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Various Great Horned Owls in the Presidio

Feb 6, 2019

Presidio Discovery: Watch a Webcam of a Great Horned Owl Nest

Great Horned Owls took over a nest occupied last year by a pair of Red-tailed Hawks.


In 2018, 200,000 viewers watched via live webcam as a pair of Presidio Red-tailed Hawks successfully reared two chicks high up in a Presidio eucalyptus tree. One year later, we had an unexpected plot twist: a pair of Great Horned Owls took over the nest, and laid two eggs of their own.

The situation is not uncommon – it reflects the way animals in the wild often rely on each other for survival. In this case, Great Horned Owls do not build their own nests; rather, they take over the nests of other raptors.

In early February 2019, the owls stopped by at night to inspect the Red-tailed Hawks’ nest while during the day the hawks, unaware of the nightly owl visits, continued to prep the nest for the season. At one point, there was a brief confrontation between the owls and the hawks where it appeared the hawks maintained the nest (see the KPIX 5 News story about the confrontation here). But then during the early hours of February 5, the owls laid an egg in the nest, and on February 9 they laid a second egg.

The Presidio’s YouTube channel went wild, with 100,000 people viewing the action live in the first few weeks alone, and the press has picked up on this fascinating story. A Facebook group focused on this nest even popped up to follow all of the activity. The incubation period for Great Horned Owl eggs is about 30-37 days, and two owlets hatched in March. Also of note: the hawks have back-up nests in the park, which our wildlife ecologists monitor and later found out where the hawks ended up.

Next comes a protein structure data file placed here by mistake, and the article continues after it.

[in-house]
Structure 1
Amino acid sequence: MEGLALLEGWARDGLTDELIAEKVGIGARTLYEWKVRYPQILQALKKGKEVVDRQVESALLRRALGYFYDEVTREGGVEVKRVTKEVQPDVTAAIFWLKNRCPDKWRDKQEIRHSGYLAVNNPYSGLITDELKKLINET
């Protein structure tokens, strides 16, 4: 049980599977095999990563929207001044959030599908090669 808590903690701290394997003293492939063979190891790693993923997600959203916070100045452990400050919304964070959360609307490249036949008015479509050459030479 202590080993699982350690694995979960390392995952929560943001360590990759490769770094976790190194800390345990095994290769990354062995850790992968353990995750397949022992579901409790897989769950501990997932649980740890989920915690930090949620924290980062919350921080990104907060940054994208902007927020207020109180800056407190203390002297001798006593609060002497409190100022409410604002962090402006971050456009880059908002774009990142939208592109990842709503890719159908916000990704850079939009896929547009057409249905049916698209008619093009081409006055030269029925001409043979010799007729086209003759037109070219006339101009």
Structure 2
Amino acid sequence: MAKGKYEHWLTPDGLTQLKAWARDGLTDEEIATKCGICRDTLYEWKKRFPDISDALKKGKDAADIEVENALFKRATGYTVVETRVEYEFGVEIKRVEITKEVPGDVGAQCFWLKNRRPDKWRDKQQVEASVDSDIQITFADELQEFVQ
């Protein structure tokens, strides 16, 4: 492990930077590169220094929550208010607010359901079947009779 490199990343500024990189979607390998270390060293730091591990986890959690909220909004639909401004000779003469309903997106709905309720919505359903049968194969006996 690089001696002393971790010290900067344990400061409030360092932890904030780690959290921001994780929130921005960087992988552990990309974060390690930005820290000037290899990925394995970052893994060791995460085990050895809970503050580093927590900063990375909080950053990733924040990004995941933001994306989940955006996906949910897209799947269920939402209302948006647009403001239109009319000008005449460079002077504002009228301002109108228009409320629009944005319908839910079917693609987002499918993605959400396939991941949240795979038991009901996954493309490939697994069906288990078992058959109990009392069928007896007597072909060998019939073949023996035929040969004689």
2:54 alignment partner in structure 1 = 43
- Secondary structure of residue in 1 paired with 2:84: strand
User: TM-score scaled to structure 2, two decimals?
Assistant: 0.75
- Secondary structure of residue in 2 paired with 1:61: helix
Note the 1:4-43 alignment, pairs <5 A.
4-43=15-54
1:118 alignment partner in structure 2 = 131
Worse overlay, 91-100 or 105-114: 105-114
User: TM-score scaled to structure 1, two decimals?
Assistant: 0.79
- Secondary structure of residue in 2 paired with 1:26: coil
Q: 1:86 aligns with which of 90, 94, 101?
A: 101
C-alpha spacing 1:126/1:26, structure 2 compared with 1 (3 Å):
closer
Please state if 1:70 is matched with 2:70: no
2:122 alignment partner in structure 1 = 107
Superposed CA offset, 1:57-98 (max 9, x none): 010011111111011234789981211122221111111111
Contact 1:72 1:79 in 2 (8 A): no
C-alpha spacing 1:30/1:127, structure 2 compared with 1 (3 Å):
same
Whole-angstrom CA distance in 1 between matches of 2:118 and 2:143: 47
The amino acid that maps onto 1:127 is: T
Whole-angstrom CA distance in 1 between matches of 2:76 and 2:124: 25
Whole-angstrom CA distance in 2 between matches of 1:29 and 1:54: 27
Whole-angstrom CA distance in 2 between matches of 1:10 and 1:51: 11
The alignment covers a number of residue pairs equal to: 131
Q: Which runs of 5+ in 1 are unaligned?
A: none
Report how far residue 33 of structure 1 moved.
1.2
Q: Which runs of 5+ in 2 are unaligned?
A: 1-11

Read the press about the owls and their takeover of the nest:

SFGate | Owls Evict Hawks From Presidio Webcam Nest
Curbed SF | Adam Brinklow ​| Owls Take Over the Presidio’s Red-Tailed Hawk Webcam
SFWeekly | Nuala Sawyer | Owl Family Evicts Red-Tailed Hawks from Presidio Nest with a View

Photo Credit: David Assman, Charity Vargas

Stay tuned every year to watch how the nesting season unfolds.